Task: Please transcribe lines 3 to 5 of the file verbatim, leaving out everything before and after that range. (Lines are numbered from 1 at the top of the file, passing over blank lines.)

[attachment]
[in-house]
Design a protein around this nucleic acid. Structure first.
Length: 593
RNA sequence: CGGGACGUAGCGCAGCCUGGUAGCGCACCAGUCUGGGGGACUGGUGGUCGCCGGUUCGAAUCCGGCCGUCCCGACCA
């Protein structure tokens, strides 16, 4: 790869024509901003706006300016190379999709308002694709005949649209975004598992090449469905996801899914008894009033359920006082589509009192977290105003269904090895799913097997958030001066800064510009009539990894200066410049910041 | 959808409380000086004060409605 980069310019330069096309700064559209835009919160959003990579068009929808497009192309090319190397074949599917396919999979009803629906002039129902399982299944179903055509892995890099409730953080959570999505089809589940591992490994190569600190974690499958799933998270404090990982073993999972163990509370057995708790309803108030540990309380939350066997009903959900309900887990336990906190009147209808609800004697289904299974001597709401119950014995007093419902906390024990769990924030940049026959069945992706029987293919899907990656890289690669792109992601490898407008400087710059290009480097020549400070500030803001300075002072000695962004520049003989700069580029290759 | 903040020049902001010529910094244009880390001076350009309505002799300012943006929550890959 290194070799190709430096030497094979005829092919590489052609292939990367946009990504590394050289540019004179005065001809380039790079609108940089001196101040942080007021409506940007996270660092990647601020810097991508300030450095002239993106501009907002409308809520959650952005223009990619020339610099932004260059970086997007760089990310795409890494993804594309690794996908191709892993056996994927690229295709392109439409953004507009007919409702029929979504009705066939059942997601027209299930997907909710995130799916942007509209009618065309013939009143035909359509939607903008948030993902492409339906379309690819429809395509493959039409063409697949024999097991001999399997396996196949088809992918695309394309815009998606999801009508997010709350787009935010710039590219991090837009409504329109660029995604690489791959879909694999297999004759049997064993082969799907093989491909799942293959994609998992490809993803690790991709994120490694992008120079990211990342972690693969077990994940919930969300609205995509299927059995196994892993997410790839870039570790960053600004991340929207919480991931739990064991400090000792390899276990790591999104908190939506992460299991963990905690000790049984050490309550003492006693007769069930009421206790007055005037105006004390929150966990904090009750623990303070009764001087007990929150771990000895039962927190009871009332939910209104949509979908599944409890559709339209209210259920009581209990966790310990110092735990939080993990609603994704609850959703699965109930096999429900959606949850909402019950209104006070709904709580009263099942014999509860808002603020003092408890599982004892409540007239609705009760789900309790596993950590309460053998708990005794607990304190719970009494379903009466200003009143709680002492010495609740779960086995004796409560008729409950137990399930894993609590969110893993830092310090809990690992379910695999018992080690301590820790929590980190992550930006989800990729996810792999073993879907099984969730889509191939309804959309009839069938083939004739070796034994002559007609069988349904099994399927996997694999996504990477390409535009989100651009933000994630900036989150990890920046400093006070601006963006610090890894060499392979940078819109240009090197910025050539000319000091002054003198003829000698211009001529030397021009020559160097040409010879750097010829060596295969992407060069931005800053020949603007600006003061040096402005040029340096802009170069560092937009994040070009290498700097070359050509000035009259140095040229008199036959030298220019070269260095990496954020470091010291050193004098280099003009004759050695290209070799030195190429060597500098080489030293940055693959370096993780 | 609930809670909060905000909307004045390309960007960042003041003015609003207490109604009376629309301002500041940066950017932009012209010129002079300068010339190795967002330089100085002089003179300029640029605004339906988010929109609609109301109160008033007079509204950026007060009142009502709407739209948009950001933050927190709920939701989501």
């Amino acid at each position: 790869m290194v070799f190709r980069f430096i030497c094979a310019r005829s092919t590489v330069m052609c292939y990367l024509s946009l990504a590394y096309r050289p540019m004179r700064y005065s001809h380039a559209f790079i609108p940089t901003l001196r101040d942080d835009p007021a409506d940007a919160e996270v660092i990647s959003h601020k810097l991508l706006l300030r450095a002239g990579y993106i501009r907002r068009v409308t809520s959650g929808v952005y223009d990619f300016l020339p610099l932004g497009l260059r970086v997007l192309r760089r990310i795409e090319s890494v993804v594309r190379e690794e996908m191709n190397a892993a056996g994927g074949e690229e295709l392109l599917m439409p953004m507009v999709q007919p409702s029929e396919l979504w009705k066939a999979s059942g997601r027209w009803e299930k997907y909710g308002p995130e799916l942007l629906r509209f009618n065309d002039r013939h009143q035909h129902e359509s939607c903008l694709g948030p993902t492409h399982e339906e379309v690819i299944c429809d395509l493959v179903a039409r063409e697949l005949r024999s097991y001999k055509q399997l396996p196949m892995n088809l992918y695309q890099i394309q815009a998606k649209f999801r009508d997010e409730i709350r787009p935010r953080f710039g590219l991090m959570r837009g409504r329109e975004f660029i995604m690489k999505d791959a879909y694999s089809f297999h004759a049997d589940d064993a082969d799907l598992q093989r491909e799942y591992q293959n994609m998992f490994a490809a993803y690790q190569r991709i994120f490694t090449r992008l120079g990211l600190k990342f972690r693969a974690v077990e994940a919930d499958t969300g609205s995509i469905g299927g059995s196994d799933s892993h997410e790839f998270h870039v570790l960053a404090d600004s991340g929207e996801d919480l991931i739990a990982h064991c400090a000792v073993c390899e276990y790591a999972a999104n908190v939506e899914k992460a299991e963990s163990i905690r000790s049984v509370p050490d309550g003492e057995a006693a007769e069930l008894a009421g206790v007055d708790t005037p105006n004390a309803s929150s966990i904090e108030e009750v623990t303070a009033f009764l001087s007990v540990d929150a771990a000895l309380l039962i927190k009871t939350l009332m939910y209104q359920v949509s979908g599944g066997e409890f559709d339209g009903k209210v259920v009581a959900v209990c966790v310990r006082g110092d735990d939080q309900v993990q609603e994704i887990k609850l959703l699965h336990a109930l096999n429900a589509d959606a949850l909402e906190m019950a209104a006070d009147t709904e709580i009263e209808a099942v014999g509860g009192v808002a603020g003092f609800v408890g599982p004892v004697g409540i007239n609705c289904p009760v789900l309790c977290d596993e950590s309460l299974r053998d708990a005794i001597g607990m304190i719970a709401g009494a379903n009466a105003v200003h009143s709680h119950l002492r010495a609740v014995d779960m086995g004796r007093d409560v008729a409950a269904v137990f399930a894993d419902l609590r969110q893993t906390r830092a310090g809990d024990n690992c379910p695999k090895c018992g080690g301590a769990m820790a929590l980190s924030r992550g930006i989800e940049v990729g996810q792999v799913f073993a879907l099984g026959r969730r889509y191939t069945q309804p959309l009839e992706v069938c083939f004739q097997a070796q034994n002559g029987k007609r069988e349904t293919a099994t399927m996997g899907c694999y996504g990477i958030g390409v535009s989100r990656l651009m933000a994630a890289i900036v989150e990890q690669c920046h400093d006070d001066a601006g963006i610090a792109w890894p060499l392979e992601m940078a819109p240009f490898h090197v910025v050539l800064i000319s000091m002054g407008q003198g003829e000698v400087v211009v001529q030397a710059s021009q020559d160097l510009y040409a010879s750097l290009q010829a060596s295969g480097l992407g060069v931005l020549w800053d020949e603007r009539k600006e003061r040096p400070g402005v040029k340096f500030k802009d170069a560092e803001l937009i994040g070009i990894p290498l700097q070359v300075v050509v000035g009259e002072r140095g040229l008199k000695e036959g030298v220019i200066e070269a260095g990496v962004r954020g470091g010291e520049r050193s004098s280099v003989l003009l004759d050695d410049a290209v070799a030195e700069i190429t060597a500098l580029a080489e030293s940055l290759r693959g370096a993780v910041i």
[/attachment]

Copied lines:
Length: 593
RNA sequence: CGGGACGUAGCGCAGCCUGGUAGCGCACCAGUCUGGGGGACUGGUGGUCGCCGGUUCGAAUCCGGCCGUCCCGACCA
């Protein structure tokens, strides 16, 4: 790869024509901003706006300016190379999709308002694709005949649209975004598992090449469905996801899914008894009033359920006082589509009192977290105003269904090895799913097997958030001066800064510009009539990894200066410049910041 | 959808409380000086004060409605 980069310019330069096309700064559209835009919160959003990579068009929808497009192309090319190397074949599917396919999979009803629906002039129902399982299944179903055509892995890099409730953080959570999505089809589940591992490994190569600190974690499958799933998270404090990982073993999972163990509370057995708790309803108030540990309380939350066997009903959900309900887990336990906190009147209808609800004697289904299974001597709401119950014995007093419902906390024990769990924030940049026959069945992706029987293919899907990656890289690669792109992601490898407008400087710059290009480097020549400070500030803001300075002072000695962004520049003989700069580029290759 | 903040020049902001010529910094244009880390001076350009309505002799300012943006929550890959 290194070799190709430096030497094979005829092919590489052609292939990367946009990504590394050289540019004179005065001809380039790079609108940089001196101040942080007021409506940007996270660092990647601020810097991508300030450095002239993106501009907002409308809520959650952005223009990619020339610099932004260059970086997007760089990310795409890494993804594309690794996908191709892993056996994927690229295709392109439409953004507009007919409702029929979504009705066939059942997601027209299930997907909710995130799916942007509209009618065309013939009143035909359509939607903008948030993902492409339906379309690819429809395509493959039409063409697949024999097991001999399997396996196949088809992918695309394309815009998606999801009508997010709350787009935010710039590219991090837009409504329109660029995604690489791959879909694999297999004759049997064993082969799907093989491909799942293959994609998992490809993803690790991709994120490694992008120079990211990342972690693969077990994940919930969300609205995509299927059995196994892993997410790839870039570790960053600004991340929207919480991931739990064991400090000792390899276990790591999104908190939506992460299991963990905690000790049984050490309550003492006693007769069930009421206790007055005037105006004390929150966990904090009750623990303070009764001087007990929150771990000895039962927190009871009332939910209104949509979908599944409890559709339209209210259920009581209990966790310990110092735990939080993990609603994704609850959703699965109930096999429900959606949850909402019950209104006070709904709580009263099942014999509860808002603020003092408890599982004892409540007239609705009760789900309790596993950590309460053998708990005794607990304190719970009494379903009466200003009143709680002492010495609740779960086995004796409560008729409950137990399930894993609590969110893993830092310090809990690992379910695999018992080690301590820790929590980190992550930006989800990729996810792999073993879907099984969730889509191939309804959309009839069938083939004739070796034994002559007609069988349904099994399927996997694999996504990477390409535009989100651009933000994630900036989150990890920046400093006070601006963006610090890894060499392979940078819109240009090197910025050539000319000091002054003198003829000698211009001529030397021009020559160097040409010879750097010829060596295969992407060069931005800053020949603007600006003061040096402005040029340096802009170069560092937009994040070009290498700097070359050509000035009259140095040229008199036959030298220019070269260095990496954020470091010291050193004098280099003009004759050695290209070799030195190429060597500098080489030293940055693959370096993780 | 609930809670909060905000909307004045390309960007960042003041003015609003207490109604009376629309301002500041940066950017932009012209010129002079300068010339190795967002330089100085002089003179300029640029605004339906988010929109609609109301109160008033007079509204950026007060009142009502709407739209948009950001933050927190709920939701989501």